In the nearby Whirlpool galaxy and its companion galaxy, M51b, two supermassive black holes heat up and devour surrounding material. These two monsters should be the most luminous X-ray sources in sight, but a new study using observations from NuSTAR (Nuclear Spectroscopic Telescope Array)—a Caltech-led mission managed by the Jet Propulsion Laboratory, which is managed by Caltech for NASA—shows that a much smaller object is competing with the two behemoths.
The most stunning features of the Whirlpool galaxy, officially known as M51a, are the two long, star-filled "arms" curling around the galactic center like ribbons. The much smaller M51b clings like a barnacle to the edge of the Whirlpool. Collectively known as M51, the two galaxies are merging.
At the center of each galaxy is a supermassive black hole millions of times more massive than the sun. The galactic merger should push huge amounts of gas and dust into those black holes and into orbit around them. In turn, the intense gravity of the black holes should cause that orbiting material to heat up and radiate, forming bright disks around each that can outshine all the stars in their galaxies.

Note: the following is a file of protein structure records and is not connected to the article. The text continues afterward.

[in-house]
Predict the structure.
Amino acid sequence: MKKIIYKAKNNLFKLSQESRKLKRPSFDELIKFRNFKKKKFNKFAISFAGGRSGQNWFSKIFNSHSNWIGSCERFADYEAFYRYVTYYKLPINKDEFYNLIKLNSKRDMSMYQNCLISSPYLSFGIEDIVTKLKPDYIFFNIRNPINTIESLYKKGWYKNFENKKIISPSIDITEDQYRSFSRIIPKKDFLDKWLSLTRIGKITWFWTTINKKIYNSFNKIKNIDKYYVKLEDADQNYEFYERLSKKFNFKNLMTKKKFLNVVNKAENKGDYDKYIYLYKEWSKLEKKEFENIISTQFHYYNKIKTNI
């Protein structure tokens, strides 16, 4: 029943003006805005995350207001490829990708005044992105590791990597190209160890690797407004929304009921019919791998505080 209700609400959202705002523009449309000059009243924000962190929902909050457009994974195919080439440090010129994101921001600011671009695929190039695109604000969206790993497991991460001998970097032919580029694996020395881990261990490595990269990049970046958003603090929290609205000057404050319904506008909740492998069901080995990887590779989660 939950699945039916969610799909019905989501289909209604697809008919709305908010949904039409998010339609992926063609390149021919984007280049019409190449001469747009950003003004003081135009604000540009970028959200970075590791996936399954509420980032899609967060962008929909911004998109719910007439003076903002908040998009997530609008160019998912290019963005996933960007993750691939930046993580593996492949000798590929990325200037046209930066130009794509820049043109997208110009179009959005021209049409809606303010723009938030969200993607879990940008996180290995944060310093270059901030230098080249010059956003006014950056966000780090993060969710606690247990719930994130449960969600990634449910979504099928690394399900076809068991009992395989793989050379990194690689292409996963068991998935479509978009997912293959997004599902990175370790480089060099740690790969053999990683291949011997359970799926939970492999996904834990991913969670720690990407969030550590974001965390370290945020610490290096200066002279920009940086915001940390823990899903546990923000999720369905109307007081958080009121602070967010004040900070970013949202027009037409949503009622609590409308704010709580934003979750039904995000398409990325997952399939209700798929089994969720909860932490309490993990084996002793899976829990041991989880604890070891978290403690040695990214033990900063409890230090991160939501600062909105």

But neither black hole is radiating as brightly in the X-ray range as scientists would expect during a merger.
"I'm still surprised by this finding," said study lead author Murray Brightman, a postdoctoral scholar in physics at Caltech. "Galactic mergers are supposed to generate black hole growth, and the evidence of that would be strong emission of high-energy X-rays. But we're not seeing that here."
Read the full story from JPL News.